The multifaceted Jesus Jerez prides himself in pulling himself up with his bootstraps. From humble beginnings to an illustrious career with the Department of Immigration, Jesus has raised himself as an example to others. His role as a mentor to many employees shows his leadership abilities.
Calm and relaxed in the most challenging situations, Jesus can maneuver through difficult situations and difficult people. But don’t underestimate him because of his demeanor. Jesus is ready to take on the most challenging tasks.
He enlisted in the U.S. Army immediately after graduation, choosing Field Artillery as his specialty. The war in Vietnam was still ongoing and a certainty even though it was winding down, but despite its influence and demand, he managed to spend some time in Europe, mainly in Germany and England. On leaving the military, he became a Department of Interior Park Ranger in Organ Pipe Cactus National Monument, where he had crisscrossed as a boy and young man until most of its secret sites were known to him. As a native speaker, he became the first fully bilingual Ranger and voiced over many of the vocal presentations at the Headquarters building in Spanish and hosted many student groups from Mexico who spoke only Spanish. He worked closely with Mexican Government representatives, mapping and detailing many points of interest in the Mexican National Park of the Pinacate Reserve in the State of Sonora, Mexico.
After a couple of years, he applied for and was accepted as a Department of Justice, US Immigration and Naturalization Service Inspector Trainee position at the Port of Entry in Nogales, Arizona. The plan was to stay three to five years, gain experience and rank, and then transfer to Alaska to hunt big fish, deer, and bears. He never left Nogales except for temporary duties, always returning to his chosen permanent duty post in Nogales, Arizona. He strongly credits Supervisory Immigration Inspector Carlos J. Lopez for teaching him the difference between the Letter of the law and the Intent of the law. He credits Supervisory Inspector Baxter “Robbie” Robinson for teaching him the law by making him read ten pages a day.
He progressed through the ranks, beginning as an Immigration Inspector Trainee through Journeyman Immigration Inspector to Supervisory Immigration Inspector, and then as Operations Supervisor at the Nogales Office. He was assigned duty as Port Director of the INS Land Border Port of Douglas, Arizona, before eventually returning to the POE of Nogales.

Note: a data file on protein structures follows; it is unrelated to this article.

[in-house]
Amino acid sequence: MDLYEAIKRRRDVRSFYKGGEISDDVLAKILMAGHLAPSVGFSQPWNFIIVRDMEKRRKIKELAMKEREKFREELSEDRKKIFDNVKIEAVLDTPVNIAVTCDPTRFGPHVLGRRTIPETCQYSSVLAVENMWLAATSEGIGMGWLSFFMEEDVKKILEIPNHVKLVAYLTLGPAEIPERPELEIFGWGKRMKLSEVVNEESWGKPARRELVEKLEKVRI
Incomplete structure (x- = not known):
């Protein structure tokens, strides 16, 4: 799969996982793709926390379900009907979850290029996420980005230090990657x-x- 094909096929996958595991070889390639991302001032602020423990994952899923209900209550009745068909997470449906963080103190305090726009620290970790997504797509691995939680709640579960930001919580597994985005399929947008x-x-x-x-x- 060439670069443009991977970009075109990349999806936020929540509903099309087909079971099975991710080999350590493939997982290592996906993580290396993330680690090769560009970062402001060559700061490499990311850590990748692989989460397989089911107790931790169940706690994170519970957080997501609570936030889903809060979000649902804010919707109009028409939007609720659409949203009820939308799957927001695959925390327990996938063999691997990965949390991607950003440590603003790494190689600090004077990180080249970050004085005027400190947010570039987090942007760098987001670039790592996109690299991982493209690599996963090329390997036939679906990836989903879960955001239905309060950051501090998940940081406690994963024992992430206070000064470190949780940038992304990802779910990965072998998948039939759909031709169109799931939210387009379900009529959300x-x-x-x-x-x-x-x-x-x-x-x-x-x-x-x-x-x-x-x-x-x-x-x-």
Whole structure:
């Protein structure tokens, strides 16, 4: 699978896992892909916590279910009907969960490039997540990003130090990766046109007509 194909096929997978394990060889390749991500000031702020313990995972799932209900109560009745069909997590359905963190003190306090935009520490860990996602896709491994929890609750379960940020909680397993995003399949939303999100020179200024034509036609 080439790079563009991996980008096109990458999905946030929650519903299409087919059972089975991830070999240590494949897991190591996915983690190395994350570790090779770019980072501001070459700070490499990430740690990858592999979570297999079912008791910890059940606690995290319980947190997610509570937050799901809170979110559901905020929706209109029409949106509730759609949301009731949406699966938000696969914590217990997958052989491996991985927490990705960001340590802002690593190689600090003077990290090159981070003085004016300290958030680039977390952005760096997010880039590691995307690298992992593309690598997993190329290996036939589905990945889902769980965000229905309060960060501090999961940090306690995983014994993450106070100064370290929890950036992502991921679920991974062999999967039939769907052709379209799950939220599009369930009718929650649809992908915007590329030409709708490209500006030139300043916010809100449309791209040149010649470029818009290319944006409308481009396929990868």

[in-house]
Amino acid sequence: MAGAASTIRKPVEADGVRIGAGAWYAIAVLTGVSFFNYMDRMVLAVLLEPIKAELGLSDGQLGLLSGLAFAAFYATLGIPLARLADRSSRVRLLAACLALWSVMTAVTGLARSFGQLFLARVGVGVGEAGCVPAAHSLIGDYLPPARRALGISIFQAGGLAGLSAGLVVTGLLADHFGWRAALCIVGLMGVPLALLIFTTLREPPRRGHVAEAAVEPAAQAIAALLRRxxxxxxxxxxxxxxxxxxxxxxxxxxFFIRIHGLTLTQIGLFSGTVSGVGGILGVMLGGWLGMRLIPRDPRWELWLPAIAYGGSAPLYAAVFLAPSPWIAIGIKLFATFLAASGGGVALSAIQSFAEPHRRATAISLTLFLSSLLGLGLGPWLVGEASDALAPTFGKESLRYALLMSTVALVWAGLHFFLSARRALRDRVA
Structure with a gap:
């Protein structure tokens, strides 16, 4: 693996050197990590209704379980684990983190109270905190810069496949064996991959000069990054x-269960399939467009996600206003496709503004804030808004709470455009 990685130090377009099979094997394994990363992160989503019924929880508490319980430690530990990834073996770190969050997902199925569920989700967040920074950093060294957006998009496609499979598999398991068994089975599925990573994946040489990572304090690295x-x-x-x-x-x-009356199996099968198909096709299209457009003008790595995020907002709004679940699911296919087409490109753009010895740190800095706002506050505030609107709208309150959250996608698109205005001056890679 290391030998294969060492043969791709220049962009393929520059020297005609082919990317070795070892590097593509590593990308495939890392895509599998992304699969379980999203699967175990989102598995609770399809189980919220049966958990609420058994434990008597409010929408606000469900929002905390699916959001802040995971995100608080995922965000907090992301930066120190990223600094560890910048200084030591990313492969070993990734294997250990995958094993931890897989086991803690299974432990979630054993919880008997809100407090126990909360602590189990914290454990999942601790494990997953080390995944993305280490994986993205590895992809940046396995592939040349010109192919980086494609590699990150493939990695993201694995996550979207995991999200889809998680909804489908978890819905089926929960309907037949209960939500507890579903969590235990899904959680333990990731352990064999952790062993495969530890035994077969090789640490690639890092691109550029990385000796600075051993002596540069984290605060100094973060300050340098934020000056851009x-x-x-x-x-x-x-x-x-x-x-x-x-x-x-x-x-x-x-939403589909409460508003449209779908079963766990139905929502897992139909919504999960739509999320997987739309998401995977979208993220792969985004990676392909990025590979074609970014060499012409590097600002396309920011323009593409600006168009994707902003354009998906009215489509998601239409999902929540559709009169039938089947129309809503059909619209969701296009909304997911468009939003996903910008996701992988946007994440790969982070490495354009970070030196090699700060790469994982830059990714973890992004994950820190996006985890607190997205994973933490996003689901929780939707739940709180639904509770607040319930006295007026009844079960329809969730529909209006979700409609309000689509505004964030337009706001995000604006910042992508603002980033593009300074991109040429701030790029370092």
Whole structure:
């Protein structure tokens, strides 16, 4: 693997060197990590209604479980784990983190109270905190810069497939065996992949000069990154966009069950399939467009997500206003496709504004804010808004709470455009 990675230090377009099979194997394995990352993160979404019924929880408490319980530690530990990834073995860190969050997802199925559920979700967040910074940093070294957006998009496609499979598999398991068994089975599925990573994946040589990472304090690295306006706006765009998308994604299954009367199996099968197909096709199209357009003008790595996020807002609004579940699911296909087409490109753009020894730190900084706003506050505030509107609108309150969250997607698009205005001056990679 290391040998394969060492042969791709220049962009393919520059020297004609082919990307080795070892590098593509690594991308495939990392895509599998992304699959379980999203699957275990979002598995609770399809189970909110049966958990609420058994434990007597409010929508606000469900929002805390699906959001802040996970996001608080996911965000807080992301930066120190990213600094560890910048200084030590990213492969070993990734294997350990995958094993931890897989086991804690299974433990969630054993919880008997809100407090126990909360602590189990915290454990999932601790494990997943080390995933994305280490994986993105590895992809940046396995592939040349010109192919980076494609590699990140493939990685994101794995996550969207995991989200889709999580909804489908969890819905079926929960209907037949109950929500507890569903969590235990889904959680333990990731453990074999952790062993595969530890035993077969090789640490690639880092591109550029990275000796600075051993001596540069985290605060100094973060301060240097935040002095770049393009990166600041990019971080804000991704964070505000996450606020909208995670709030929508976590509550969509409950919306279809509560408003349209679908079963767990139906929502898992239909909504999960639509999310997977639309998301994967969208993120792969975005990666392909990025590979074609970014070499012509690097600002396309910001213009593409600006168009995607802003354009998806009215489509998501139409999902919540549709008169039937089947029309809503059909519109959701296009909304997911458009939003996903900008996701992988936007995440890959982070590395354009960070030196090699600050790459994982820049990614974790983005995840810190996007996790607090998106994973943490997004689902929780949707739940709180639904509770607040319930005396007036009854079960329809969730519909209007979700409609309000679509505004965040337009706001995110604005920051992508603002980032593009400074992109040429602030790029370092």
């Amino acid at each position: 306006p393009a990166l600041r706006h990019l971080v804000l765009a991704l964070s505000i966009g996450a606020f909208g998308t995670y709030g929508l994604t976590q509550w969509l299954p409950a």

Along the way, he became a Certified Firearms Instructor, Supervisor over the INS Pistol Team, Local Automated Network (LAN) Administrator, and Access Control Officer to the Immigration Lookout Database, the Customs Lookout Database, and the State Department Database, creating access for all involved officers in the Phoenix INS District and later the Tucson Customs and Border Protection (CBP) District Office. Any Officer who did not have access to these databases would be unable to function on duty on any of the Primary Lanes at any of the involved Ports.
He became an Informal Equal Employment Opportunity (EEO) Adjudicator seeking to resolve labor disputes by mutual agreement rather than protracted legal negotiations. He was a Charter Member of the US INS Commissioner’s EEO Advisory Council (EEOAC), again seeking to find disputed cases across the US and traveling there to seek resolution before the situation became critical. He performed duties as the Nogales Port of Entry INS statistician, compiling the numbers of Border Crossers and related statistics to present to INS and public inquiries.
As a native speaker, he interviewed Mexican media sources regarding interactions between the Mexican border crossers and INS Officers to resolve friction issues. He traveled into Mexico in uniform and gave interviews at various Nogales, Sonora radio and television stations to explain the immigration process to the local Sonoran areas and was then always bundled out of the back door and into vehicles for the return trip to the US side to avoid the large groups of people waiting outside to talk to him to resolve those problems that arose when they applied to enter the US and had their inspection deferred.
Jesus devised, trained, and executed a process to eliminate the six-month waiting period for those local citizens of Mexico who applied for a Local Border Crossing Card. Before this program, only 100 applications could be received daily. During the execution of this new process, a peak of 600 applications were adjudicated in a single day. The program was so successful that the process was exported to all ports along the Mexican border.